State splurges while citizens face recession, inflation and job losses

2009-12-13 12:07

CHRISTMAS came early for ­President Jacob Zuma’s cabinet, which has

splurged nearly R1?billion on luxury items and on added ministries since he took

office.

This surfaced amid rising concerns about extravagant spending in

­almost all departments, with about R48?million spent on flashy cars while the

rest of the country battles recession, biting inflation and soaring job

losses.

This week it was revealed that Correctional Services Minister

Nosiviwe Mapisa-Nqakula joined the costly cars brigade when she splashed out

R960?000 on a Lexus LS460 while her deputy, Hlengiwe Mkhize, went for a R750?000

Porsche Cayenne.

They joined colleagues Blade Nzimande, Trevor Manuel, Siphiwe

Nyanda, Angie Motshekga, Tina Joemat-Pettersson, Naledi Pandor, Nathi Mthethwa,

Sicelo Shiceka, Noluthando Mayende-Sibiya, Aaron Motsoaledi and Edna Molewa, who

all drive Mercedes Benzes and top-of-the-range BMWs costing between R600 000 and

R1 million each.

The government defended the ministers’ expensive tastes, saying

they needed decent, reliable wheels to do their work and that they had all spent

within the requirements of the ministerial handbook.

But questions have been raised by the opposition, media and

analysts on how Zuma, who sold himself to the electorate as a caring man of the

people, could allow his government to spend millions on luxury items while the

poor suffer poverty and the country battles major job losses.

The Democratic Alliance (DA) said the government had spent

R601?million on unnecessary items and cars while cheaper, ­affordable and

equally reliable vehicles were available. It said the figure was compiled from a

list of answers provided by government departments to parliamentary

questions.

DA spokesperson Lindiwe Mazibuko said the Zuma government put the

needs of the ANC elite ahead of those of ordinary South Africans.

“Ministerial parties, cars and houses – very few of which are

necessary or prudent – have come to ­define the life of the ANC executive in the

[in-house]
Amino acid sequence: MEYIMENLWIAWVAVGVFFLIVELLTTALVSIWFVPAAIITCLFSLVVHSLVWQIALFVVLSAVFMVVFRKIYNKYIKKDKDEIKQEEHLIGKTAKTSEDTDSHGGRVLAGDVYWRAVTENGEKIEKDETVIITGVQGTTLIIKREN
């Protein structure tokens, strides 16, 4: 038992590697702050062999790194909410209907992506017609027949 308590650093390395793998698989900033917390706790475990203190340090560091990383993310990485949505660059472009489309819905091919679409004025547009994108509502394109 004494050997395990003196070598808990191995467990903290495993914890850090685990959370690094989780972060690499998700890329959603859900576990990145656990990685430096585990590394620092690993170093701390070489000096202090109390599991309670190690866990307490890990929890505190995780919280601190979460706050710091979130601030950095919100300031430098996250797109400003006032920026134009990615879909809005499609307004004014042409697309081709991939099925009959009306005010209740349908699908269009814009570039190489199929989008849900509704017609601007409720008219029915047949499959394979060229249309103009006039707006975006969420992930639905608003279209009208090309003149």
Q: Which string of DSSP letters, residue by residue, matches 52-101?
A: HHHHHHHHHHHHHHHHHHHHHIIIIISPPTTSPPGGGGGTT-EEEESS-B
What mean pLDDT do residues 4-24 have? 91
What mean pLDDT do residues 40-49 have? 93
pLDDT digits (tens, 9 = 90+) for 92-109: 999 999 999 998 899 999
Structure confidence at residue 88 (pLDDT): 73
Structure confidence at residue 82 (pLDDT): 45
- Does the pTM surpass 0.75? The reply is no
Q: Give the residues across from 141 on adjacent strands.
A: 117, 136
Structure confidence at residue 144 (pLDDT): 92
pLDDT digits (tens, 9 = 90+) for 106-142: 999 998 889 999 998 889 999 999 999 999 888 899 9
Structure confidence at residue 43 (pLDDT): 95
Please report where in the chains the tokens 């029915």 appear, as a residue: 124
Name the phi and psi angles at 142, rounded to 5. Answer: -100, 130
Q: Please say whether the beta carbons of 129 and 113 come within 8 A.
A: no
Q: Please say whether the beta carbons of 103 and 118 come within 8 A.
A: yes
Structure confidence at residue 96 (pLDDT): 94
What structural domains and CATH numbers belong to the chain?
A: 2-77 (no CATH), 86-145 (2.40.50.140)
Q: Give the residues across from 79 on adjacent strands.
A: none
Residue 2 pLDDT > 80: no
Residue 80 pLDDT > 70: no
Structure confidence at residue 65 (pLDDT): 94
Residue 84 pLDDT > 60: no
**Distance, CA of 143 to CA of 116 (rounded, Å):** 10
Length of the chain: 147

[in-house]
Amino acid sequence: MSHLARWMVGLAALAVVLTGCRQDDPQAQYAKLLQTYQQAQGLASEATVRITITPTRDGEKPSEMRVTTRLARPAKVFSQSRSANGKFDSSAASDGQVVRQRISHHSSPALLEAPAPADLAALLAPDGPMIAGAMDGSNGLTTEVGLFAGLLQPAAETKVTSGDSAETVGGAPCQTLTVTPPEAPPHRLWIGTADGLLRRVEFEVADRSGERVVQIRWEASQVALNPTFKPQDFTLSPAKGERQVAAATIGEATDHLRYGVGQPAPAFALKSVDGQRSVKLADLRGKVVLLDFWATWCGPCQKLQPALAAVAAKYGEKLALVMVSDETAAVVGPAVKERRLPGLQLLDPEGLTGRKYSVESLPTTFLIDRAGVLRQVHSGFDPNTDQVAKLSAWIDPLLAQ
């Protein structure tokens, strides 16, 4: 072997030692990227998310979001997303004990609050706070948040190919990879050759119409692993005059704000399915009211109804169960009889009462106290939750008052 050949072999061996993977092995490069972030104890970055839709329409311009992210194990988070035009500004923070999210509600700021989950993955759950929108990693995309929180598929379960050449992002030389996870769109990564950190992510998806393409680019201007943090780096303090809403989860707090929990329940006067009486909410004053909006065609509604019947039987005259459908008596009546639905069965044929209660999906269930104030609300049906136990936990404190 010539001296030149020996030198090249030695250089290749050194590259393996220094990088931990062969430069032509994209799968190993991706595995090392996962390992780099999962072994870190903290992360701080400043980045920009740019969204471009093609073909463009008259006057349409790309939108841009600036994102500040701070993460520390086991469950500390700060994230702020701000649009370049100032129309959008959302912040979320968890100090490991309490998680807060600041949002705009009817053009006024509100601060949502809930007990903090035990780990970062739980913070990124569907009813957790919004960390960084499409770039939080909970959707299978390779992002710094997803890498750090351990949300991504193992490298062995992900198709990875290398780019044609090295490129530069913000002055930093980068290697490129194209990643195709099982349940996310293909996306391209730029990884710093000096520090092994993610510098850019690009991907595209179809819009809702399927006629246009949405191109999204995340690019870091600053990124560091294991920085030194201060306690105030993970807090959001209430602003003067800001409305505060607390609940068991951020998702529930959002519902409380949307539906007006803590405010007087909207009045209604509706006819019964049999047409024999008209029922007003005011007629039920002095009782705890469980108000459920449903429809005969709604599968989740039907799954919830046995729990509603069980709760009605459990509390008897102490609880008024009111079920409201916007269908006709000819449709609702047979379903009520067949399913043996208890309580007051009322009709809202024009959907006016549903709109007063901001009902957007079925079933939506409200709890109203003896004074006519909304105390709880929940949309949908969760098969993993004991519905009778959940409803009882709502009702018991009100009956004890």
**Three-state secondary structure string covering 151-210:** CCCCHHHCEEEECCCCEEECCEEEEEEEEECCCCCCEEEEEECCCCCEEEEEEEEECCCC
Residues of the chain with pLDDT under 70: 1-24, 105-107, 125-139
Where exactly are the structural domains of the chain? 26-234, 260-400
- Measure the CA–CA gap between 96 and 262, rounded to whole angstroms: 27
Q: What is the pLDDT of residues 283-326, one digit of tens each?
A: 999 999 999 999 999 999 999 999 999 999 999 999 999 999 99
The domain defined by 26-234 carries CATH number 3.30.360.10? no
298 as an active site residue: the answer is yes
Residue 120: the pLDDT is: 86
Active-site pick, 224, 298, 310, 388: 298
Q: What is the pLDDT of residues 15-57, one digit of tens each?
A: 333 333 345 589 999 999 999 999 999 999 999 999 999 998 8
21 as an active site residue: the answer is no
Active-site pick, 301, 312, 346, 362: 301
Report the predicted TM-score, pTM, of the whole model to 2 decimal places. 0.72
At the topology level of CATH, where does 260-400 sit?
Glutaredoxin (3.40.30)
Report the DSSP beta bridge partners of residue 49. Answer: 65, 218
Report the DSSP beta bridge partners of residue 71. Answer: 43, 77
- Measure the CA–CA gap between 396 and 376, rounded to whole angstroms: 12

public eye,” said Mazibuko.

Congress of the People (Cope) national spokesperson Phillip Dexter

said government expenditure displayed “a culture of conspicuous consumption and

spending of money willy-­nilly”.

Minister in The Presidency ­Collins Chabane claimed that the money

had to be spent on office space, cars and accommodation for new political

­office-bearers because of the transition.

He said the new ministries were necessary for the long-term

economic and social development of the country and would speed up service

delivery because they focused on targeted groups of people or areas.

Chabane added that while the government was implementing

cost-cutting measures in the wake of the ­recession, the global economic

­meltdown should not be used to ­derail the implementation of government

programmes.

“The recession is a passing issue, not a permanent global

phenomenon,” Chabane said.

“You cannot determine a long-term ­policy on the basis of a

short-term problem.”

Treasury spokesperson Lindani Mbunyuza declined to comment on the

exact amount the government expected to have spent by the end of the current

financial year.

Political analyst Prince Mashele said the government should be

­exemplary in its spending in the wake of the economic meltdown.

“On the one hand you are saying tighten your belts, while on the

other side you are visibly spending ­lavishly as a government. This ­constitutes

a contradiction.”


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